The remaining part of the sample in Patna selected randomly will be phased into the program at least a year after the PPIA arm in Phase 2. However, during the year of the study, they will not be engaged into the program.
- Correct case management [ Time Frame: one year ]Correct case management is defined as the proportion of interactions (across all standardized patient (SP) cases) or proportion of providers (by SP case) in which providers managed the case according to the Standards for Tuberculosis Care in India (STCI) within the PPIA program vs. outside the PPIA. Depending on the SP case, the outcome is an index composed of actions a provider did during the interaction with the SP: correct diagnostic tests ordered, correct or harmful treatment prescribed, or referral to a qualified health care provider. These details are extracted from an exit questionnaire that is completed by the SP within 2 hours of the interaction.
- Essential history checklist [ Time Frame: one year ]Essential history checklist is defined as the average proportion of essential history questions asked by the practitioner during an interaction for tuberculosis benchmarked against the Standards of Tuberculosis Care in India guidelines. These details are extracted from an exit questionnaire that is completed by the SP within 2 hours of the interaction.
- Referral for further management [ Time Frame: one year ]Referral for further management is defined as the proportion of interactions in which the provider refers the simulated patient to a qualified provider or another facility and the name, if specified to the SP. These details are extracted from an exit questionnaire that is completed by the SP within 2 hours of the interaction.
- Suspicion of tuberculosis [ Time Frame: one year ]Suspicion of tuberculosis is defined as the proportion of interactions in which the provider mentions tuberculosis or states that the simulated patient has tuberculosis. These details are extracted from an exit questionnaire that is completed by the SP within 2 hours of the interaction.
- Initiation of TB treatment [ Time Frame: one year ]Initiation of TB treatment is defined as the proportion of interactions in which the provider initiates the simulated patient on TB treatment. After each interaction, the SP purchases any medicines ordered by the provider. These details are collected on an exit questionnaire; active ingredients are investigated; and medicines are coded separately by two clinicians on the research team.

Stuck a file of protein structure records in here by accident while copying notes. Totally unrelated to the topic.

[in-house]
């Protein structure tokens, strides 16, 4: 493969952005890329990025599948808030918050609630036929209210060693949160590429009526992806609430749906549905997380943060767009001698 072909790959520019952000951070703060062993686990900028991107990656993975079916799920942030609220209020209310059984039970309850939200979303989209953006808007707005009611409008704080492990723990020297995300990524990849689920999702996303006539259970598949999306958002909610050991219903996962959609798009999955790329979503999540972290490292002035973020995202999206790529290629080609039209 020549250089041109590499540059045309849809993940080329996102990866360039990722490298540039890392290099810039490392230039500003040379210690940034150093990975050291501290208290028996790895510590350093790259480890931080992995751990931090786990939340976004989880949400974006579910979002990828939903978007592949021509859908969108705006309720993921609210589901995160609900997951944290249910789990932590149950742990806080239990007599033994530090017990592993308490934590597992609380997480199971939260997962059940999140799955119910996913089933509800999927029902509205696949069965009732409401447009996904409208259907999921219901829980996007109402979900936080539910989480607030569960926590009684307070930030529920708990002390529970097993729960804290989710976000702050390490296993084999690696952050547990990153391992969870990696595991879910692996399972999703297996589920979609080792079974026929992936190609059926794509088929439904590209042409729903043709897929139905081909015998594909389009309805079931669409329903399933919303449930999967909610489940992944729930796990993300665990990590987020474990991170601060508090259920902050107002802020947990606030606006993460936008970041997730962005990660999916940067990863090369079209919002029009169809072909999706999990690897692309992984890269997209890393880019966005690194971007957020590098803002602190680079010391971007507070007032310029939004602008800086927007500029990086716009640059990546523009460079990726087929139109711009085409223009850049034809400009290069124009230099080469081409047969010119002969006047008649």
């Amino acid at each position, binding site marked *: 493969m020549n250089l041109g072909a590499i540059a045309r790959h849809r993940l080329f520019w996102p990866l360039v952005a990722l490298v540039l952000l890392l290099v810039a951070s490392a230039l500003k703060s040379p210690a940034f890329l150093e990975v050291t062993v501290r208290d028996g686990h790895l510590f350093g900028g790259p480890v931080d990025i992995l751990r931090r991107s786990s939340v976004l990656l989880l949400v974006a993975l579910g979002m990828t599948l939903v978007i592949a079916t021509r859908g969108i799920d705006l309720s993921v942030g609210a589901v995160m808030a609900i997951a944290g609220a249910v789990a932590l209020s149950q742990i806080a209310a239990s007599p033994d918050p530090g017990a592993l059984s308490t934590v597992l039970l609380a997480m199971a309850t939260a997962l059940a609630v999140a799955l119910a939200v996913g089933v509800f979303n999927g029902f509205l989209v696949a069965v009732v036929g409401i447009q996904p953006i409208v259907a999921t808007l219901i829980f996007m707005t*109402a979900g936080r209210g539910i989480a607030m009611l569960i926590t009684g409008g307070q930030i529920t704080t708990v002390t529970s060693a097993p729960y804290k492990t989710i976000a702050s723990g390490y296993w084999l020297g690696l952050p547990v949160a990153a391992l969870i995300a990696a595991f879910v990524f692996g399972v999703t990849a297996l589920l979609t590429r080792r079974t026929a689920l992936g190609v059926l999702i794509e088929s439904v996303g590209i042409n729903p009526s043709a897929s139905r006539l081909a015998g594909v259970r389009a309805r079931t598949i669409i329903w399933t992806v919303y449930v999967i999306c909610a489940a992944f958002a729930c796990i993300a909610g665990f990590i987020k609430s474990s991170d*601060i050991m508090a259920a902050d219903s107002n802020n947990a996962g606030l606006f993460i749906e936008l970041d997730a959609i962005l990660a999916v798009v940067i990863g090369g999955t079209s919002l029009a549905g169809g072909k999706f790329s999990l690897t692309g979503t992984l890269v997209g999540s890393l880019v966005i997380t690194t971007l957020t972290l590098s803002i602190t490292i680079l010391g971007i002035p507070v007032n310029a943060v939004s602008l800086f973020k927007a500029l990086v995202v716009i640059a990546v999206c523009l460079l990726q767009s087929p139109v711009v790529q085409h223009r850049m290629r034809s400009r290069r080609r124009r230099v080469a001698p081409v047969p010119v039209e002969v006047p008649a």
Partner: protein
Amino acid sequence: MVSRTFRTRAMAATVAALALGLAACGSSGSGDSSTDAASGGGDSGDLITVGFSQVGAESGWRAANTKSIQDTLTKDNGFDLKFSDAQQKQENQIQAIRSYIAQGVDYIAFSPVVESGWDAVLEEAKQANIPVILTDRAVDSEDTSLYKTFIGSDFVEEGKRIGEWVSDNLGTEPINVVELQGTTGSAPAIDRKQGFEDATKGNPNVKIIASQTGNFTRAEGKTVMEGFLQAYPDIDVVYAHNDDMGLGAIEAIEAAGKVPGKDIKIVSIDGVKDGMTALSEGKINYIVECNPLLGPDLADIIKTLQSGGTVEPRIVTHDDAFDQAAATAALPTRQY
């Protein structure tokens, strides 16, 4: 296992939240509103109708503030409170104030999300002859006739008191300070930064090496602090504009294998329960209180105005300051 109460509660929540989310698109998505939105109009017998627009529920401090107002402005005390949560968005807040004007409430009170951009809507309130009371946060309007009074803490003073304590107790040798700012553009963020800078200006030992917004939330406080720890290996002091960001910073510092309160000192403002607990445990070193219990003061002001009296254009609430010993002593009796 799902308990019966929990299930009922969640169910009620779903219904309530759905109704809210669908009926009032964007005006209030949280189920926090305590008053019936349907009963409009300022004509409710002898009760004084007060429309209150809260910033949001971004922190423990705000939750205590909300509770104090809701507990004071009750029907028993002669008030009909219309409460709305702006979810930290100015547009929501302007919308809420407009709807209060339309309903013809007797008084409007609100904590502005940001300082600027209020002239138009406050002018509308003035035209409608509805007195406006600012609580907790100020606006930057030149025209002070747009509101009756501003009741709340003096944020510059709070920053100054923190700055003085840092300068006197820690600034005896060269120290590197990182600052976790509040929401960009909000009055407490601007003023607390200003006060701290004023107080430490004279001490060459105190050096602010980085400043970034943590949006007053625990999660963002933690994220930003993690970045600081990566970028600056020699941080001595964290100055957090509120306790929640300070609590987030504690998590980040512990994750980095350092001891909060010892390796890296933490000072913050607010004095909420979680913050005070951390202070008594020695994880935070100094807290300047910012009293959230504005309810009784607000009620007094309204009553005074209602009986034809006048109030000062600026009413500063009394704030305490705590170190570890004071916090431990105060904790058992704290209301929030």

- Number of lab tests ordered [ Time Frame: one year ]Number of lab tests ordered is defined as the average number of lab tests ordered per interaction by providers. These details are extracted from an exit questionnaire that is completed by the SP within 2 hours of the interaction.
- Lab tests ordered [ Time Frame: one year ]Lab tests ordered is defined as the proportion of interactions in which the provider orders specific TB diagnostic tests (e.g. chest X-ray, sputum acid-fast bacillus (AFB) testing, GeneXpert) or other types of tests for the simulated patient. These details are extracted from an exit questionnaire that is completed by the SP within 2 hours of the interaction.
- Number of medicines [ Time Frame: one year ]Number of medicines is defined as the average number of medicines ordered per interaction. After each interaction, the SP purchases any medicines ordered by the provider. These details are collected on an exit questionnaire; active ingredients are investigated; and medicines are coded and categorized by two clinicians on the research team.
- Medicine type [ Time Frame: one year ]Medicine type is defined as the types of medicines ordered (e.g., antibiotics, steroids, fluoroquinolones, and others) during the simulated patient interactions. After each interaction, the SP purchases any medicines ordered by the provider. These details are collected on an exit questionnaire; active ingredients are investigated; and medicines are coded and categorized by two clinicians on the research team.
- Rates of case registration for practitioners networked in the program [ Time Frame: one year ]Rates of case registration is defined as the proportion of interactions in which providers who are networked in the PPIA program registers the simulated patient into the program. These details are extracted from an exit questionnaire that is completed by the SP within 2 hours of the interaction.
- Vouchers received [ Time Frame: one year ]Vouchers received is defined as the proportion of PPIA vouchers or referral coupons given to the simulated patient for any of the actions that could have resulted in a voucher or referral coupon only among providers who are in the PPIA program. These details are extracted from an exit questionnaire that is completed by the SP within 2 hours of the interaction.
- Patient costs [ Time Frame: one year ]Patient costs is defined as the average amount charged to the simulated patients by providers per interaction for the entire visit. These details are extracted from an exit questionnaire that is completed by the SP within 2 hours of the interaction.
- Consultation, medicine, and test costs to patients [ Time Frame: one year ]The outcome for consultation, medicine, and test costs to patients is defined as the average amount charged for consultation, medicines, and tests (if itemized) by providers per interaction. These details are extracted from an exit questionnaire that is completed by the SP within 2 hours of the interaction.
To learn more about this study, you or your doctor may contact the study research staff using the contact information provided by the sponsor.
Please refer to this study by its ClinicalTrials.gov identifier (NCT number): NCT02874716
|Principal Investigator:||Madhukar Pai, MD, PhD||McGill University|
|Principal Investigator:||Jishnu Das, PhD||World Bank|